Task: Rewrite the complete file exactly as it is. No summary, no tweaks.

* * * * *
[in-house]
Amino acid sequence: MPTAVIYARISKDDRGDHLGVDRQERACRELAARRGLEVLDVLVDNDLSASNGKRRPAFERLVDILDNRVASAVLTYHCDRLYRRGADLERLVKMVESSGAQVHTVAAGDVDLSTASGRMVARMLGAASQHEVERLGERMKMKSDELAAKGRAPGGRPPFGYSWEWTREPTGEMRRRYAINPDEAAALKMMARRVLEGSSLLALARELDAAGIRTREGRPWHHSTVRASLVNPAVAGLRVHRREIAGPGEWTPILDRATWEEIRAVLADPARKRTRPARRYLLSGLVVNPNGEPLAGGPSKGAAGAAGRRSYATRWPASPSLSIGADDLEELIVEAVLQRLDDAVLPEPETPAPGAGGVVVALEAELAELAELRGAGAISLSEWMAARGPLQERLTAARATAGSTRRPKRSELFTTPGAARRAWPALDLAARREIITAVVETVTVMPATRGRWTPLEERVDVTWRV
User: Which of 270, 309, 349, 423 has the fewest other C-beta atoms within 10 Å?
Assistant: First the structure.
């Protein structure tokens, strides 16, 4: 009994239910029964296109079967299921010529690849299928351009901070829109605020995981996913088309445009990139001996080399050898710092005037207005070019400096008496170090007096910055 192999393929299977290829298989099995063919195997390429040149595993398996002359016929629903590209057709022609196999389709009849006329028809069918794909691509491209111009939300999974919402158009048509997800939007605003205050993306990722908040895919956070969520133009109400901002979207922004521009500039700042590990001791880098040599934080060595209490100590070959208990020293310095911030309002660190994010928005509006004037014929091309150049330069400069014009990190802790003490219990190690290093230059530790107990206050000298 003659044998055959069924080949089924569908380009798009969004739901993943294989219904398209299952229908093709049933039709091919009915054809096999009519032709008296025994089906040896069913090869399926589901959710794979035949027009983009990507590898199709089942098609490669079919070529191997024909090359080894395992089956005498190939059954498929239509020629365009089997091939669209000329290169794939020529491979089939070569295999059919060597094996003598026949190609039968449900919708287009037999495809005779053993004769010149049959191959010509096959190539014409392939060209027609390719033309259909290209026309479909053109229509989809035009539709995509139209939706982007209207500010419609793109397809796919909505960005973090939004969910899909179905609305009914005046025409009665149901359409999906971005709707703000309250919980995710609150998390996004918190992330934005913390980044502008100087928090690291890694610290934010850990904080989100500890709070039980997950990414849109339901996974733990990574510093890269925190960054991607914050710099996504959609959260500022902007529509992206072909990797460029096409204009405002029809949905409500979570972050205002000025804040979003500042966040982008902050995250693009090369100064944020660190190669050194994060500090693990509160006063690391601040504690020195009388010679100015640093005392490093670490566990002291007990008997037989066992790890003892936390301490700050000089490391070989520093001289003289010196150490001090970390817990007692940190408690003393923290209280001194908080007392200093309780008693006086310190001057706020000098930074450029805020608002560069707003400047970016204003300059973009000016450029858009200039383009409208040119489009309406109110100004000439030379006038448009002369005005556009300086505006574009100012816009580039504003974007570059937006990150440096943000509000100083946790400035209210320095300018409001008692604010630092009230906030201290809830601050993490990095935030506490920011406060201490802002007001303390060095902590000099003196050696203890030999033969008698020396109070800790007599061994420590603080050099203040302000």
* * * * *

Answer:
[in-house]
Amino acid sequence: MPTAVIYARISKDDRGDHLGVDRQERACRELAARRGLEVLDVLVDNDLSASNGKRRPAFERLVDILDNRVASAVLTYHCDRLYRRGADLERLVKMVESSGAQVHTVAAGDVDLSTASGRMVARMLGAASQHEVERLGERMKMKSDELAAKGRAPGGRPPFGYSWEWTREPTGEMRRRYAINPDEAAALKMMARRVLEGSSLLALARELDAAGIRTREGRPWHHSTVRASLVNPAVAGLRVHRREIAGPGEWTPILDRATWEEIRAVLADPARKRTRPARRYLLSGLVVNPNGEPLAGGPSKGAAGAAGRRSYATRWPASPSLSIGADDLEELIVEAVLQRLDDAVLPEPETPAPGAGGVVVALEAELAELAELRGAGAISLSEWMAARGPLQERLTAARATAGSTRRPKRSELFTTPGAARRAWPALDLAARREIITAVVETVTVMPATRGRWTPLEERVDVTWRV
User: Which of 270, 309, 349, 423 has the fewest other C-beta atoms within 10 Å?
Assistant: First the structure.
């Protein structure tokens, strides 16, 4: 009994239910029964296109079967299921010529690849299928351009901070829109605020995981996913088309445009990139001996080399050898710092005037207005070019400096008496170090007096910055 192999393929299977290829298989099995063919195997390429040149595993398996002359016929629903590209057709022609196999389709009849006329028809069918794909691509491209111009939300999974919402158009048509997800939007605003205050993306990722908040895919956070969520133009109400901002979207922004521009500039700042590990001791880098040599934080060595209490100590070959208990020293310095911030309002660190994010928005509006004037014929091309150049330069400069014009990190802790003490219990190690290093230059530790107990206050000298 003659044998055959069924080949089924569908380009798009969004739901993943294989219904398209299952229908093709049933039709091919009915054809096999009519032709008296025994089906040896069913090869399926589901959710794979035949027009983009990507590898199709089942098609490669079919070529191997024909090359080894395992089956005498190939059954498929239509020629365009089997091939669209000329290169794939020529491979089939070569295999059919060597094996003598026949190609039968449900919708287009037999495809005779053993004769010149049959191959010509096959190539014409392939060209027609390719033309259909290209026309479909053109229509989809035009539709995509139209939706982007209207500010419609793109397809796919909505960005973090939004969910899909179905609305009914005046025409009665149901359409999906971005709707703000309250919980995710609150998390996004918190992330934005913390980044502008100087928090690291890694610290934010850990904080989100500890709070039980997950990414849109339901996974733990990574510093890269925190960054991607914050710099996504959609959260500022902007529509992206072909990797460029096409204009405002029809949905409500979570972050205002000025804040979003500042966040982008902050995250693009090369100064944020660190190669050194994060500090693990509160006063690391601040504690020195009388010679100015640093005392490093670490566990002291007990008997037989066992790890003892936390301490700050000089490391070989520093001289003289010196150490001090970390817990007692940190408690003393923290209280001194908080007392200093309780008693006086310190001057706020000098930074450029805020608002560069707003400047970016204003300059973009000016450029858009200039383009409208040119489009309406109110100004000439030379006038448009002369005005556009300086505006574009100012816009580039504003974007570059937006990150440096943000509000100083946790400035209210320095300018409001008692604010630092009230906030201290809830601050993490990095935030506490920011406060201490802002007001303390060095902590000099003196050696203890030999033969008698020396109070800790007599061994420590603080050099203040302000």